By John Gooding, Digital Editor at the Lowy Institute and Associate Editor at The Interpreter.

The Foreign Policy White Paper analysis continued unabated this week on The Interpreter as James Curran argued the document saw a new Asia, but wished for the old (Curran's piece was also picked up by the Global Times):

This White Paper is, as it ought to be, full of tension between the pull of history and the imperatives of geography, between the world as it is and the world Australia would like to see. The authors know, however, that history has surprises up its sleeve. They acknowledge that the forces buffeting global politics may have consequences that are both unforeseen and uncomfortable for Australia. So for all its occasional caution, this document contains some stark messages that should deliver a necessary jolt to the national imagination.

While it may have existed since the end of the Second World War, the 'rules-based order' has only featured as a phrase in foreign or defence white papers since 2009. Ric Smith on this modern emphasis:

How then to account for the heavy focus by a Coalition government on the ‘international rules-based order’ and its associated values? Is it simply that matters so critical to Australia are at now at risk and so require renewed advocacy? Or is it, as some of Canberra’s cynics would have it, a matter of clinging to a fading past?...For explanation, perhaps we need look no further than one subtle but loaded sentence in the White Paper itself: 'Strong rules … are becoming more important to Australia as the distribution of power changes in the international system.'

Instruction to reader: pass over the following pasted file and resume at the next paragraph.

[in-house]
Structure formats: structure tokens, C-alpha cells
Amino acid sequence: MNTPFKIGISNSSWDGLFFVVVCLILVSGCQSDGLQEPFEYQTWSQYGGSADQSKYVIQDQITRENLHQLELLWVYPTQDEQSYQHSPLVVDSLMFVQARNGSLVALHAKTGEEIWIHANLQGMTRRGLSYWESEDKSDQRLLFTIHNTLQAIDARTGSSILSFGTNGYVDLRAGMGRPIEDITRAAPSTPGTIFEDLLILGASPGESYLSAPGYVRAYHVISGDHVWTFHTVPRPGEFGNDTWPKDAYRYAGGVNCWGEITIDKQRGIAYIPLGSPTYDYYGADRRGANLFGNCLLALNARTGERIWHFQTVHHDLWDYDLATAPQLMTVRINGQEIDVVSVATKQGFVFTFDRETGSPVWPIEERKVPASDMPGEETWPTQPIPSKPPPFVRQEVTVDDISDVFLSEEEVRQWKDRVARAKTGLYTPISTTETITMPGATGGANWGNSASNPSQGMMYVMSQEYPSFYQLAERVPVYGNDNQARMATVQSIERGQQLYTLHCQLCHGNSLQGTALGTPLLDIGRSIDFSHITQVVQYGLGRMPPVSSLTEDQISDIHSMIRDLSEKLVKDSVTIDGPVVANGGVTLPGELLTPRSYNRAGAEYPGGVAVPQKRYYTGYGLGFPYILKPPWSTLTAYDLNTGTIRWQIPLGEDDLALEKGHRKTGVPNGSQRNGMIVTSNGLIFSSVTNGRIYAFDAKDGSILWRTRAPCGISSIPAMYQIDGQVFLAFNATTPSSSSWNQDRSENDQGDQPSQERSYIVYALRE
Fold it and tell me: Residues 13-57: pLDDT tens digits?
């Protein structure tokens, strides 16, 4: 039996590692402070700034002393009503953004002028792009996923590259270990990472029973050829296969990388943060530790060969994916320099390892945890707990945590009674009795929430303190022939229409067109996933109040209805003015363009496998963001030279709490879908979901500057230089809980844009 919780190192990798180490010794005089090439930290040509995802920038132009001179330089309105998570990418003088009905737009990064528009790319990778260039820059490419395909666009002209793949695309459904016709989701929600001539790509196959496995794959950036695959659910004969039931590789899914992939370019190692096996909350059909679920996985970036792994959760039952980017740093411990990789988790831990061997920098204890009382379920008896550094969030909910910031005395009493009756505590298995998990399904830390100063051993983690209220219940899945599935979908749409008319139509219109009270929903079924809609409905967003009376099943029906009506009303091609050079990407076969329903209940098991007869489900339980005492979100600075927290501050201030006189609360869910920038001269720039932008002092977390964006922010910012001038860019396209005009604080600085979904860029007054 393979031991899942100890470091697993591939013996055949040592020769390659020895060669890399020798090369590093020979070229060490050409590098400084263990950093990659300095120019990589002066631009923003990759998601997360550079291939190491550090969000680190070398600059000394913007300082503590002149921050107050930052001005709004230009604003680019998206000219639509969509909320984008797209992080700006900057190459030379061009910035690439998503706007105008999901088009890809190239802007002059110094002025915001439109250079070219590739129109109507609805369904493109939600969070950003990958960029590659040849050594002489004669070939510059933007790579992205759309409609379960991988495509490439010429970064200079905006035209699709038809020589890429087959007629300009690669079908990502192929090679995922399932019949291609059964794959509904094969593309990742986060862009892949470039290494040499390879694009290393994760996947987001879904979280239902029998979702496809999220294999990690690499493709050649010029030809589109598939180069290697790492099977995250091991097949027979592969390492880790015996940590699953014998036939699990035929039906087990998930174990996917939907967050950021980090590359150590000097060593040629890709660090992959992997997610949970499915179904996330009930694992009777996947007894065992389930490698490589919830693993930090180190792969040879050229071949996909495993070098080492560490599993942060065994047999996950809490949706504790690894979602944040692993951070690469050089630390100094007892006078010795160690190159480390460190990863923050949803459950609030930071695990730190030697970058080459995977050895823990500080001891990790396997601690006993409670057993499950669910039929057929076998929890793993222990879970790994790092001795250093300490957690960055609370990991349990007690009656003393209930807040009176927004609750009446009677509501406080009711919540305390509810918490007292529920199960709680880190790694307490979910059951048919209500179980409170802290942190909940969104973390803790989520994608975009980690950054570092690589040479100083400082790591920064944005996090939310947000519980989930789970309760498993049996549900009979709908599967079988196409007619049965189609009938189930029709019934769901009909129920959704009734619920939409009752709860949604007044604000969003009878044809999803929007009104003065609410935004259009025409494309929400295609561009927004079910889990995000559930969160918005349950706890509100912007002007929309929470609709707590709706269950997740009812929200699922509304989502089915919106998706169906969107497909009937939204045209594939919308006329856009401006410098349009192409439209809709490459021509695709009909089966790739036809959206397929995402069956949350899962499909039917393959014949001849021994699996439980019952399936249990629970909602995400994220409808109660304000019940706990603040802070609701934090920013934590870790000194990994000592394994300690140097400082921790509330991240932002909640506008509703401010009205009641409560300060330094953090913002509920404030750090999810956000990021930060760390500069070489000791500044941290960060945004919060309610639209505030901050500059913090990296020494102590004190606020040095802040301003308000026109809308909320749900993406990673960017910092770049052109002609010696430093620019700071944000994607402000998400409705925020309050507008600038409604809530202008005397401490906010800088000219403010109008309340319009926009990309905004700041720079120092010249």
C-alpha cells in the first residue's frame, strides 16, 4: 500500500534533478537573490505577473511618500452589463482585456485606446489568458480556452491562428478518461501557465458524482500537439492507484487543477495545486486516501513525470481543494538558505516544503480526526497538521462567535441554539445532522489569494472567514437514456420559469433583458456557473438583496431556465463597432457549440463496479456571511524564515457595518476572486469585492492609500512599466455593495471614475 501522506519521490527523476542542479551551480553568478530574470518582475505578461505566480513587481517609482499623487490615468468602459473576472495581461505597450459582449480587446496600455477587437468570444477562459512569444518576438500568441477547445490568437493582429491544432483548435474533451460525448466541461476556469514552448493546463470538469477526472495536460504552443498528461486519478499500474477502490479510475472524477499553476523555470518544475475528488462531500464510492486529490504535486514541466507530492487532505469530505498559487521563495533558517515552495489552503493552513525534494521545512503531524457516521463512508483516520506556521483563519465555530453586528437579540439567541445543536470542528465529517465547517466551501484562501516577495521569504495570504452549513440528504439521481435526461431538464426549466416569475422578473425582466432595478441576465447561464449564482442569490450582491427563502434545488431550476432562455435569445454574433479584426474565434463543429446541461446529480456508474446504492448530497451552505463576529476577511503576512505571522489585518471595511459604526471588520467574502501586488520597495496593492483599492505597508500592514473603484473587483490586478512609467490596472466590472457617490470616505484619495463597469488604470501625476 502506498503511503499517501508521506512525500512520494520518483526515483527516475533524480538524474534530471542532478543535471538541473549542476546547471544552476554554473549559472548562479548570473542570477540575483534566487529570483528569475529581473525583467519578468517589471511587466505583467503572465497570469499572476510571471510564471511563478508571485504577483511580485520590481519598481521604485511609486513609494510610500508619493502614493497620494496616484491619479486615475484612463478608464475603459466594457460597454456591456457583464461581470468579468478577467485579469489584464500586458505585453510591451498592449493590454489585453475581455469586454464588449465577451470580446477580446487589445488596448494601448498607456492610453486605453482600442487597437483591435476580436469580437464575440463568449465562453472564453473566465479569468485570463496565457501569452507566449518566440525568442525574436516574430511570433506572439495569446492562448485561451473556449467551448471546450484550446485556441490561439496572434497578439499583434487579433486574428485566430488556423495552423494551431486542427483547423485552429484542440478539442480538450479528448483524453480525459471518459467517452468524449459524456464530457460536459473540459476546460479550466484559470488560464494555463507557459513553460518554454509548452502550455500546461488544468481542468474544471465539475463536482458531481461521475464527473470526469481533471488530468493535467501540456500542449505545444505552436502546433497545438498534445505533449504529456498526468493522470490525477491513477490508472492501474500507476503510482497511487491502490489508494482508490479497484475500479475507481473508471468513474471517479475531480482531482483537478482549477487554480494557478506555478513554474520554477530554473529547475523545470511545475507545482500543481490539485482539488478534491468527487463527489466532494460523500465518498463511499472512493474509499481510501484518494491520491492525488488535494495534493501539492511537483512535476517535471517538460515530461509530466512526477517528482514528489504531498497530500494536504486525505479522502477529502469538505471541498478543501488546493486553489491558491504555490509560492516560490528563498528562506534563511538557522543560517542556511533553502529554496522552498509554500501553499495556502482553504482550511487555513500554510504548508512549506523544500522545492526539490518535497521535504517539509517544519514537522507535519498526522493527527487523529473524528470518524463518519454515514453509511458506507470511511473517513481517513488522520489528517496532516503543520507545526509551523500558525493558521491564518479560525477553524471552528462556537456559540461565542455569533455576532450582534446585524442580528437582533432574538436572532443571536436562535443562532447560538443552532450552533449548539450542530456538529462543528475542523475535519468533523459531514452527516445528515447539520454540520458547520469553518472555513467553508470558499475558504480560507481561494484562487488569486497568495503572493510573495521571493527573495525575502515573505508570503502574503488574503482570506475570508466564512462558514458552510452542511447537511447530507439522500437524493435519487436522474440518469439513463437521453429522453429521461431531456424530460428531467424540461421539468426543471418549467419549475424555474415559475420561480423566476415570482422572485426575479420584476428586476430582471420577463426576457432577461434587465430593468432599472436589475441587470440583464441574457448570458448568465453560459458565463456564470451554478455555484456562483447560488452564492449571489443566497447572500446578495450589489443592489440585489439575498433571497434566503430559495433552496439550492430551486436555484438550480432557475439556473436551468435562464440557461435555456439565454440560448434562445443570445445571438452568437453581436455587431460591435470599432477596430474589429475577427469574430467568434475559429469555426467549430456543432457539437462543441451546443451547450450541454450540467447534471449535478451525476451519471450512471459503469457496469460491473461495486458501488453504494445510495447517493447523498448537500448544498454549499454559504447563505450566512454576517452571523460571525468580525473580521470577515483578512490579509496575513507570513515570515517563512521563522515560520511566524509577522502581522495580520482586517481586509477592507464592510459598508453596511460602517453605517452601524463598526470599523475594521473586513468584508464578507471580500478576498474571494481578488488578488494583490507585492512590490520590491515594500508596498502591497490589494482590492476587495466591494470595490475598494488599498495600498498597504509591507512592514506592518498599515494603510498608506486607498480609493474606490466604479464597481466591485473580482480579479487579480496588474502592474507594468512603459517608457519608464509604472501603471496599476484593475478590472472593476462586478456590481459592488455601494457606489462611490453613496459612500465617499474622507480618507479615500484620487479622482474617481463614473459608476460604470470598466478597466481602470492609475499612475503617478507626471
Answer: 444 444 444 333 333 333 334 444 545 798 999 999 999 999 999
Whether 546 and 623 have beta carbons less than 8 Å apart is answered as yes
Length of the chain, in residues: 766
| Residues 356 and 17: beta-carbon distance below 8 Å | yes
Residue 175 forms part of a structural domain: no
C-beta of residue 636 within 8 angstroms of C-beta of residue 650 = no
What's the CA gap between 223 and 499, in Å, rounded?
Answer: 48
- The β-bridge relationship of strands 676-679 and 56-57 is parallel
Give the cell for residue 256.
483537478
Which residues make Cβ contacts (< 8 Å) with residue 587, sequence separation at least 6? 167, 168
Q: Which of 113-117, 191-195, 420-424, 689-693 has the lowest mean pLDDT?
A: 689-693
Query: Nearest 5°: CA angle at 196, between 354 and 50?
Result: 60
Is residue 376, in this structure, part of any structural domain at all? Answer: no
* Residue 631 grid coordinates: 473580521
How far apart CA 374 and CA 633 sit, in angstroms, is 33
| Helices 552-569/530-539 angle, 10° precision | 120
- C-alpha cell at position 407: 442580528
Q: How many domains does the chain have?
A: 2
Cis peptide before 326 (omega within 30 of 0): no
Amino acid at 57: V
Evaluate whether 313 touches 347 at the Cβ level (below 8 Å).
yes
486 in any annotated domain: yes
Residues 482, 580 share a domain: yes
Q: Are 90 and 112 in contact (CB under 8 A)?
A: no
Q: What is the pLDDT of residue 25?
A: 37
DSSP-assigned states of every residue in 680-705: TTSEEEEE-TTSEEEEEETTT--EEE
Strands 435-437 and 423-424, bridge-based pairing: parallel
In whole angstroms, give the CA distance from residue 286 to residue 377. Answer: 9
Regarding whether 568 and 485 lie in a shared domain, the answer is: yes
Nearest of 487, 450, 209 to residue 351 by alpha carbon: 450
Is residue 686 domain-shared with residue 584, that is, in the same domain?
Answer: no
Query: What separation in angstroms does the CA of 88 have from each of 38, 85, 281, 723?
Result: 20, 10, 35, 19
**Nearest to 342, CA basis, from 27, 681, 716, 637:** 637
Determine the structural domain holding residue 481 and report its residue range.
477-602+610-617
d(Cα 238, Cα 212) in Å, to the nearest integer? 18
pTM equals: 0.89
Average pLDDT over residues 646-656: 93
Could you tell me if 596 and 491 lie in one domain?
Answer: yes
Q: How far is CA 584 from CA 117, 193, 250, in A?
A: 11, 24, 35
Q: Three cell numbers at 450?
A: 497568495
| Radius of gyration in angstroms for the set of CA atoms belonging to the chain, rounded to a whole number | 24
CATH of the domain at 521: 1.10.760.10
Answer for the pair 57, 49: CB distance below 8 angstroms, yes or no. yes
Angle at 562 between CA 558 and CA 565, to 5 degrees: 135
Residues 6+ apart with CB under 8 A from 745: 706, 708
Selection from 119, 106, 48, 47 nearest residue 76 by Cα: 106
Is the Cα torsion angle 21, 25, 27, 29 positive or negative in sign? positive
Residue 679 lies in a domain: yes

James Batley on how White Paper's Pacific message:

The White Paper describes stepping up ‘support for a more resilient Pacific and Timor-Leste’ as one of only five ‘objectives of fundamental importance to Australia’s security and prosperity’. This gives the Pacific unusual prominence in a document of this nature. Even so, the rationale for the Pacific’s inclusion in this list of five top priorities is never made entirely explicit.

The White Paper's framing of gender quality as a development issue was disappointing, argued Sarah Boyd:

Gender equality is not only an obligation but a prerequisite for achieving foreign policy goals. Australia still has an opportunity to advance a human rights-based and feminist informed approach to foreign policy, international development and humanitarian assistance. It is just going to take a little longer to catch up to our more progressive friends.

The White Paper was also lacking when it came to outlining Australia's interests in engaging with the UN, wrote Sally Weston: